2110 CHE (and via Zoom)
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Materials at Extremes Research
Speaker: Calvin Stewart, Associate Professor, Aerospace and Mechanical Engineering, University of Texas El Paso (UTEP)
Materials are being asked to perform at “extremes” with increased inlet pressures and temperatures in industrial and aero gas turbines, the rise of hypersonic flight, and new Generation IV fission and ITER Fusion reactor concepts. There is a need to develop advanced manufacturing techniques to fabricate extreme environment materials, components, and geometries not possible with conventional techniques. To meet this challenge, government, academia, and industry has invested heavily in Additive Manufacturing (AM) technologies and Integrated Computational Materials Engineering (ICME) to achieve “designer” components with processing, structure, properties, and performance designed to survive harsh environments. The quest for new materials requires that we quickly manufacture, qualify, and model the performance of the candidate materials for service.
The Materials at Extremes Research Group (MERG) has focused on the development of advanced manufacturing, testing and characterization, theoretical models, and computational tools for various extreme environment applications. In this seminar, we will review the ongoing and future research projects at MERG, and conduct a deep dive into accelerated, parallelized, and miniaturized testing methods for new materials qualification and a probabilistic modeling framework for reliability-based design for extreme environments.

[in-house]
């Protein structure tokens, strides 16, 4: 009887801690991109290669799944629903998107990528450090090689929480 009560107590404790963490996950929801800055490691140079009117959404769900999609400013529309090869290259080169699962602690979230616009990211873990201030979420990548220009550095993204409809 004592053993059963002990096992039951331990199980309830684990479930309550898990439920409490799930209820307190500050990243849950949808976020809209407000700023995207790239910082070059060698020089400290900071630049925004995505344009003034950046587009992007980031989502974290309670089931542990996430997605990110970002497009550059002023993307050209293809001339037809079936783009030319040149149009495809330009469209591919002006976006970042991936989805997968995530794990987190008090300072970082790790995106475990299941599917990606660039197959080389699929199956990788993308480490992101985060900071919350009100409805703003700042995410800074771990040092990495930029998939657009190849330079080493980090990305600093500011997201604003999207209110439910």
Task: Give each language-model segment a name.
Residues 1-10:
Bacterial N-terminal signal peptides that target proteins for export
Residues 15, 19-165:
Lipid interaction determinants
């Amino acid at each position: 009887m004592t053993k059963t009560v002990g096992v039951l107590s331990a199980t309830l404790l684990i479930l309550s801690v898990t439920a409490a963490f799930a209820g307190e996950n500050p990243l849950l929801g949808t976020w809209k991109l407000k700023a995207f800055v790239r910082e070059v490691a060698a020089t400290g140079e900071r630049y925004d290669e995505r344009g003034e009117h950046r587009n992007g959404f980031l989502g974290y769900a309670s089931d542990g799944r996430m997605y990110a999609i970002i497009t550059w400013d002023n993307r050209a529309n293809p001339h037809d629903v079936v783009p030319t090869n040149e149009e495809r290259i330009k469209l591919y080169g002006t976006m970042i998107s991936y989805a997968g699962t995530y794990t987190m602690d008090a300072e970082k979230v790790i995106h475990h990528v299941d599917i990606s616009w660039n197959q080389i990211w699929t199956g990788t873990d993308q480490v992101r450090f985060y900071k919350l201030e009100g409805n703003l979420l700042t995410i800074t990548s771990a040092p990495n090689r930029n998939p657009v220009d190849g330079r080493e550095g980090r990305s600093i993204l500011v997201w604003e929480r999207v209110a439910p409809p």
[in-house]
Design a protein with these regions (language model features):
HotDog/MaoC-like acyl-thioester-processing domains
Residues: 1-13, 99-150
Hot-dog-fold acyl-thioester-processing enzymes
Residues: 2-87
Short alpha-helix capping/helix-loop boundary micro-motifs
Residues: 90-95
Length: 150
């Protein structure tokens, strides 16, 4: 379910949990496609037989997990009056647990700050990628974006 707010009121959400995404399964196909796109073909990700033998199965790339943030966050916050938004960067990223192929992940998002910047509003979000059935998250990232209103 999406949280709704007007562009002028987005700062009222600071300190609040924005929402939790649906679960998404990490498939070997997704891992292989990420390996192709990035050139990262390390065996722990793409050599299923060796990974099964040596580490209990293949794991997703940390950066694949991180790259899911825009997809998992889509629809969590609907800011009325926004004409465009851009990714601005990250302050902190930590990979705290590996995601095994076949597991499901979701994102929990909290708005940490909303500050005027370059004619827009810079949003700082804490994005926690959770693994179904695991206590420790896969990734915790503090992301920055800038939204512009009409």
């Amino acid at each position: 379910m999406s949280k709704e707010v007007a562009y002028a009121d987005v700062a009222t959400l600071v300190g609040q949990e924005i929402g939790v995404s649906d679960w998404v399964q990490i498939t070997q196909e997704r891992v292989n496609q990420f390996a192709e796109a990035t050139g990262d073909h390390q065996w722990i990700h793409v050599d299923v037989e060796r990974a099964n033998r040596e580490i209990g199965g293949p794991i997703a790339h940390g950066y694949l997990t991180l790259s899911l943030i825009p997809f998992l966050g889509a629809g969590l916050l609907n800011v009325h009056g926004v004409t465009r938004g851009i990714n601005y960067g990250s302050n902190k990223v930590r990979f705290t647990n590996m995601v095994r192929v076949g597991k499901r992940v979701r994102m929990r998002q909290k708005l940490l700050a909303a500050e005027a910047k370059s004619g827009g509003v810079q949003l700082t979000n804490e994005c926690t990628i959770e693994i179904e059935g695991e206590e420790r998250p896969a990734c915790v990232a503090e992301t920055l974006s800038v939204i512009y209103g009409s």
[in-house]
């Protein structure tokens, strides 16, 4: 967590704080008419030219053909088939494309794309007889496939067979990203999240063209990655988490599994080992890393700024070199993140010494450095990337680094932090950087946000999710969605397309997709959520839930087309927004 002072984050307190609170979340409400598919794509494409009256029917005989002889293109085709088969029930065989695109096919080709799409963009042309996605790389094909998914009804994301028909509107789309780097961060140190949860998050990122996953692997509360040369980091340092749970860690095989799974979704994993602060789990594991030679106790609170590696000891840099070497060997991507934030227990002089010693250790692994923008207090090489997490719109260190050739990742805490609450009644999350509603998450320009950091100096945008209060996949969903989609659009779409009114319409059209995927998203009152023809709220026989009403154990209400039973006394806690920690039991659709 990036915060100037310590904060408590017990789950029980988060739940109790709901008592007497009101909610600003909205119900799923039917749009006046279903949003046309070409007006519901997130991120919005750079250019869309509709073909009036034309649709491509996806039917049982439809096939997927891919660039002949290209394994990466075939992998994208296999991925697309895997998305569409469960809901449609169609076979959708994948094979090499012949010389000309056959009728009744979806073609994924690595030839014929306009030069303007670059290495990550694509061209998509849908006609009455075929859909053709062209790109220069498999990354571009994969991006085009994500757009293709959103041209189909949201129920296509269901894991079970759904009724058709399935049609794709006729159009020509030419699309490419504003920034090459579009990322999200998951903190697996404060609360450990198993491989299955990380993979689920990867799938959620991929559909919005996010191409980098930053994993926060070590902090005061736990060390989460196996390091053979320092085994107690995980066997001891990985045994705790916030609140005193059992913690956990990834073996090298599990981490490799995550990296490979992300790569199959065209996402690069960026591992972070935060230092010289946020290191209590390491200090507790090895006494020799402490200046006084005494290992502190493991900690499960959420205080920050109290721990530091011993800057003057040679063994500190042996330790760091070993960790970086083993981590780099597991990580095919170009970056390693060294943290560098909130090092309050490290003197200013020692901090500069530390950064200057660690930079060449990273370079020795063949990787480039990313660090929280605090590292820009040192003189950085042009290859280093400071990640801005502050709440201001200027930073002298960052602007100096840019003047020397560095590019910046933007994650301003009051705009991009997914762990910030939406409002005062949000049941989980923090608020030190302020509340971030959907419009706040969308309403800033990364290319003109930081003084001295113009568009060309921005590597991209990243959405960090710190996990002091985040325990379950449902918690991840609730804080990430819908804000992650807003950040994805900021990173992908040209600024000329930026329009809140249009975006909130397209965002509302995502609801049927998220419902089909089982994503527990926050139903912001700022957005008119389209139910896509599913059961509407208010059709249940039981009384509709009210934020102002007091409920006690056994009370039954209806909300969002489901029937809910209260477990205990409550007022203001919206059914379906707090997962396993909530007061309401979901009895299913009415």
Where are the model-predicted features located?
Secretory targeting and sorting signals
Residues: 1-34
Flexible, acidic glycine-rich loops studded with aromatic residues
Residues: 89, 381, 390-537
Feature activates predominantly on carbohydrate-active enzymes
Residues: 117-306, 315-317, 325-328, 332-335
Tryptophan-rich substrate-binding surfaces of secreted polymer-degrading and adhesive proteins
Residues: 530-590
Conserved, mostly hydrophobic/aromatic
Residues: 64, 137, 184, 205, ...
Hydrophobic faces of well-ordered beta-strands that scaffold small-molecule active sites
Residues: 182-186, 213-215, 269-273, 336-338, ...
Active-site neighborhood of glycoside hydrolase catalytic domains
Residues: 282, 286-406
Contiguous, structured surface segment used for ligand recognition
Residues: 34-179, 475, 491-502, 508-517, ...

Calvin M. Stewart is an associate professor in the Department of Mechanical Engineering at UTEP with a joint appointment in the Center for Space Exploration Technology Research (cSETR), a NASA University Research Center. He obtained a BS, MS, and PhD in Mechanical Engineering at the University of Central Florida in 2008, 2009, and 2013 respectively. Dr. Stewart directs the Materials at Extremes Research Group (MERG) which focuses on the mechanical testing, constitutive modeling, and finite element analysis of materials subject to thermal, mechanical, and chemical extremes. Within the gamut of extremes; creep, fatigue, thermomechanical fatigue, corrosion, oxidation, impact, and fracture are key focus areas. Dr. Stewart has authored over 40 articles in these areas. Current research involves the development of an accelerated creep test protocol for modern and advanced superalloys, development of meta-constitutive model capable of self-identifying the optimal functional form for a given material and boundary conditions, the development of unified viscoplasticity constitutive models for elevated temperature applications, and the fundamental thermomechanical characterization of electron beam melted (EBM) superalloys. Materials of interest include: cast and additively manufactured (AM) superalloys, AM polymers, biomaterials, energetic materials, transportation materials, and others. Computational interests include: stochastic modeling and meta-heuristic optimization algorithms for material constant determination, symbolic regression, and shape optimization.
This Event is For: Campus